New Blues Reinventing the way denim is designed, produced and consumed

Photography and styling by Alice & Js Roques (@jaimetoutcheztoi) / Words by Clare Press

Denim. It’s the unofficial uniform of the world. According to British anthropologists Daniel Miller and Sophie Woodward, authors of Blue Jeans: The Art of the Ordinary, an average person wears jeans for three-and-a-half days a week. We literally spend half our lives in jeans!

But the sheer volume of denim produced globally exacerbates its sustainability issues. Cotton, while a natural fibre, is a very thirsty crop to grow, while the old-fashioned ways of distressing denim such as sandblasting and stone-washing, are now known to have adverse impacts.

So it makes sense for leading-edge denim manufactures, and designers enamoured of the classic cloth, to pioneer new ways to work with denim that are kinder to people and the planet. There is change happening. These new collections do good as well as look good.

LA-based label Tortoise has won accolades for reinventing the denim finishing process. “This innovation in washing denim without using any harmful chemical was born out of my natural curiosity and compassion. My increasing awareness of how the denim industry has harmed Mother Nature motivated me to find alternatives that will relieve the damaged caused by traditional washing methods,” says Kevin Youn, Founder and CEO of Tortoise Jeans. Its patented Wiser Wash system replaces traditional pollutants and corrosive chemicals with eco-friendly air oxidation - so you can get still that “vintage” distressed look.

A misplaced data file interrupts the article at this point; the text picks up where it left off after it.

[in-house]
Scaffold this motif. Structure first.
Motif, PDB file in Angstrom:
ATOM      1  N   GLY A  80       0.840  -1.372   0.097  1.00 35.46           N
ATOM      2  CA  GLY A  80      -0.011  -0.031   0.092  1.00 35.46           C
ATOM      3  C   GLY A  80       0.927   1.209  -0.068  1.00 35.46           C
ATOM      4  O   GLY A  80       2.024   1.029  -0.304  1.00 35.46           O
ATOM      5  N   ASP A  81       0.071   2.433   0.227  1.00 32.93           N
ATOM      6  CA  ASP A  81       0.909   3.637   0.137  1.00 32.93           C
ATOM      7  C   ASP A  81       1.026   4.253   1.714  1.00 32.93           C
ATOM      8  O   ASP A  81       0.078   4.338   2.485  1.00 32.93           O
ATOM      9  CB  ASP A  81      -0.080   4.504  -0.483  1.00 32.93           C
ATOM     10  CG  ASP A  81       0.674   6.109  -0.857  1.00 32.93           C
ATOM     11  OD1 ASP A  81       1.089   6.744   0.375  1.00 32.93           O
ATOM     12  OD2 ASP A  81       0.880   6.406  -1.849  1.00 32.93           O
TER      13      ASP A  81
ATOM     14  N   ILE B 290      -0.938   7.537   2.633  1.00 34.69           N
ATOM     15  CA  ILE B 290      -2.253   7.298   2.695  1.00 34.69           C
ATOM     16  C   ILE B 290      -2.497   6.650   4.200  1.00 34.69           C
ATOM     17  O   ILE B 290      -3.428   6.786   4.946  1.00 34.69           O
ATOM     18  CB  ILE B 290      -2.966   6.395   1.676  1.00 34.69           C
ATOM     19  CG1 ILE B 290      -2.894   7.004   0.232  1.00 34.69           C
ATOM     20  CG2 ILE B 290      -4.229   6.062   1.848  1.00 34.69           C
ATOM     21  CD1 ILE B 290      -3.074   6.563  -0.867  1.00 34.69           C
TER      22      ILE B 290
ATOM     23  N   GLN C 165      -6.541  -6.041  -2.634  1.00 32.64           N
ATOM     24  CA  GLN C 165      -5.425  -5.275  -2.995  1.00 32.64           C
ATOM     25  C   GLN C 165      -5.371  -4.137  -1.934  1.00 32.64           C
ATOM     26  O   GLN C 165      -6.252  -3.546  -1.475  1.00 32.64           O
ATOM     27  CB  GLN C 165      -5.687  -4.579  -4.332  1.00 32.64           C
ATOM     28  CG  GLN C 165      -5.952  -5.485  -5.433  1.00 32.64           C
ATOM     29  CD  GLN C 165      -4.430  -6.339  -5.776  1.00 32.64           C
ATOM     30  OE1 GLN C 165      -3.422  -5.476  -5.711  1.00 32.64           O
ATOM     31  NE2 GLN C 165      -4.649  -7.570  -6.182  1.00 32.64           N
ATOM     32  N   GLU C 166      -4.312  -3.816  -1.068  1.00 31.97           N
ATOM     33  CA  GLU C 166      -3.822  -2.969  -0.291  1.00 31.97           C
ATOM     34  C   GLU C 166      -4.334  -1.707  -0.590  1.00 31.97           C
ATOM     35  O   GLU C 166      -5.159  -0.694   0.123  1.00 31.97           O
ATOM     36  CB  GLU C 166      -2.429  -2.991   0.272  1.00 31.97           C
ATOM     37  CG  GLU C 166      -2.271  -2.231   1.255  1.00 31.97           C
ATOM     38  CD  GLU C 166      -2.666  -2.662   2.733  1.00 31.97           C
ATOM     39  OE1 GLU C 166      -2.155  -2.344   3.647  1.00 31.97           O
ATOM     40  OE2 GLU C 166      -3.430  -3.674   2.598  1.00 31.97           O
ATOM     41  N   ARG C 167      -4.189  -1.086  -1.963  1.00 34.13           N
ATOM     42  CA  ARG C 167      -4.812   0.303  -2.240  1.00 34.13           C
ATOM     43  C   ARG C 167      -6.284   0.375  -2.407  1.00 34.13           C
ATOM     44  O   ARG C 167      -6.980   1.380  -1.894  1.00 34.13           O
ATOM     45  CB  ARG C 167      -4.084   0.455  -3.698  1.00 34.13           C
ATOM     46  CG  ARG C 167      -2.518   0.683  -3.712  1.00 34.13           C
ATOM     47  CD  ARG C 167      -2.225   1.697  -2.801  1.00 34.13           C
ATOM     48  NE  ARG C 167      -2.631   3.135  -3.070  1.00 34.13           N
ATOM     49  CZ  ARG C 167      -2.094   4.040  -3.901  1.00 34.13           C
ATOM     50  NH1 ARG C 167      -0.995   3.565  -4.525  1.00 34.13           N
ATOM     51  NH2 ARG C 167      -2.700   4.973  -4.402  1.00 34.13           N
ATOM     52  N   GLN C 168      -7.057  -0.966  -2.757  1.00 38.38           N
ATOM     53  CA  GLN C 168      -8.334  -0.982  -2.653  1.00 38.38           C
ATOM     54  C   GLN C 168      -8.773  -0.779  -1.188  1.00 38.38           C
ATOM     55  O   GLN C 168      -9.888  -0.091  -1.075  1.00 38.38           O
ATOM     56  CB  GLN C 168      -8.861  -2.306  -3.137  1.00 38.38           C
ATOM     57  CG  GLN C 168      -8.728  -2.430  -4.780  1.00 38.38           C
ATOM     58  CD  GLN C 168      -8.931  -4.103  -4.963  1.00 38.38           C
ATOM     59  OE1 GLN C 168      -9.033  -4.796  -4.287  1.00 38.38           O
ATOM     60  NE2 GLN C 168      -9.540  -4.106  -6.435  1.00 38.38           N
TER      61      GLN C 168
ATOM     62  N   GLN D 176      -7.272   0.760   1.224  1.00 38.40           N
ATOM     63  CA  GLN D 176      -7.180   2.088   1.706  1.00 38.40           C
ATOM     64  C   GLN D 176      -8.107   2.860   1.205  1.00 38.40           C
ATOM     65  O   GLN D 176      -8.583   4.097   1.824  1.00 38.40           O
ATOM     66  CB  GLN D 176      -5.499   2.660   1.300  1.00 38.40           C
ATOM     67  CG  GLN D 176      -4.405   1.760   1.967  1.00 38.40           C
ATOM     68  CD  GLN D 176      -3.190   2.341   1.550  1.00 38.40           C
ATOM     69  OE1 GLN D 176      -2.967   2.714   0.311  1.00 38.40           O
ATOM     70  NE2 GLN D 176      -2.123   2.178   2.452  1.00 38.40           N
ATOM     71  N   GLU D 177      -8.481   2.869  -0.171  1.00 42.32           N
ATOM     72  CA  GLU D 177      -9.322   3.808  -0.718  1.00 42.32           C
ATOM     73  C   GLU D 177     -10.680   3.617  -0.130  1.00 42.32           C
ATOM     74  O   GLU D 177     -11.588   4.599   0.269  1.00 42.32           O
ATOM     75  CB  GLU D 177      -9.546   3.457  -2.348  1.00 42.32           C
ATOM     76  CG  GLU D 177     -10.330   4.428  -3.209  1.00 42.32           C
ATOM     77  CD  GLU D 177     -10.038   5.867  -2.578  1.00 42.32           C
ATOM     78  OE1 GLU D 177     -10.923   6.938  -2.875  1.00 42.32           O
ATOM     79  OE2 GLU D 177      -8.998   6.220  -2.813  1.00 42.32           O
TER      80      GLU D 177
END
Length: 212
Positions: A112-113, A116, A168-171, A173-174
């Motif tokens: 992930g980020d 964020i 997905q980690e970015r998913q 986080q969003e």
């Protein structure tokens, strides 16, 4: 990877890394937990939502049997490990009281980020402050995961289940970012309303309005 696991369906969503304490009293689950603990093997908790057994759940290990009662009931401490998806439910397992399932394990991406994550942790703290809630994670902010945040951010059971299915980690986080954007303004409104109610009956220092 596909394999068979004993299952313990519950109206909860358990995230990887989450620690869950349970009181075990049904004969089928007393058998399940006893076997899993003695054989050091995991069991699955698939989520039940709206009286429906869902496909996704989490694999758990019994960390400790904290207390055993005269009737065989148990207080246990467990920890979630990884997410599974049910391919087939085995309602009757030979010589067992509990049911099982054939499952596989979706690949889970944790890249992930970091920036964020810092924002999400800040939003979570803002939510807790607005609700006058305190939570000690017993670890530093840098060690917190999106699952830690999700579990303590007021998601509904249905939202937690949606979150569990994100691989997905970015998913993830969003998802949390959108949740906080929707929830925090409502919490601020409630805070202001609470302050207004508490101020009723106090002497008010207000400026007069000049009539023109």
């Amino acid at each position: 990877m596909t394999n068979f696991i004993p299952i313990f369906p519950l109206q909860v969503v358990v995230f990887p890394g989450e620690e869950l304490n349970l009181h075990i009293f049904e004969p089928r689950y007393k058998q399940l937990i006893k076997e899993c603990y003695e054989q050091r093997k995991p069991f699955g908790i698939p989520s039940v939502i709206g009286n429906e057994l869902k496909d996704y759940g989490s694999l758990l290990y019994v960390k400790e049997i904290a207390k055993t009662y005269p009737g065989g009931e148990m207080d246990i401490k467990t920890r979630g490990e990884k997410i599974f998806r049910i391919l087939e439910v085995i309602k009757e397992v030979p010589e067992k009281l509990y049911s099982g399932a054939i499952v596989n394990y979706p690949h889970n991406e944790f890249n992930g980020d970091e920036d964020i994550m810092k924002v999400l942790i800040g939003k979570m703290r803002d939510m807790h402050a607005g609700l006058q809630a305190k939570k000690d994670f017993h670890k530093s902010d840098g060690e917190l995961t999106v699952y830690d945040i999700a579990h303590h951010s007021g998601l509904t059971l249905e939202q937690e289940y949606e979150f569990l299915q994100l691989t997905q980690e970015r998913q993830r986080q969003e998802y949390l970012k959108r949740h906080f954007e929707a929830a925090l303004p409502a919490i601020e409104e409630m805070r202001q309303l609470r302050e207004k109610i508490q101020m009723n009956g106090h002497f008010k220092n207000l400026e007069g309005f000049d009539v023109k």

Others are using “deadstock” in order to reduce their carbon footprint and fight textile waste. The phrase refers to factory surplus and unsold cloth, as well as unsold garments, which the industry too often destroys. But for innovative designers, this material is a fabric treasure trove that can be reimagined to exciting new pieces.

In Seoul, Jinwoo Choi and Yeon Joo Koo have joined the green movement. The designers behind the cult Womenswear brand J Koo have applied eco-friendly denim to some of their classic deconstructed silhouettes.

The trend is strong in Paris too. There, at Y/project, Creative Director Glenn Martens makes a virtue out of working with what he already has. Martens used to work for responsible fashion guru Bruno Pieters at Honest By, and the pair recently collaborated on a re-issue of Y/project styles from past seasons, using environmentally friendly fabrics produced in accordance with the label's strict transparency protocol. Now, for Lane Crawford, Martens has designed a unisex global capsule featuring four denim pieces in the brand's popular black and navy washes - the idea was to use only the denim stock the brand had on-hand, for a zero-waste approach.

In Hong Kong, R collective are to debut an exclusive to Lane Crawford capsule of up-cycled military jackets from US, China and Israel that is inspired by the collaborative and ingenious spirit of its collective design community.

The message is clear: the coolest new denim and streetwear is about rethinking processes, protecting precious resources and recognising the value in up-cycling.

2018-09-05 00:04:00.0

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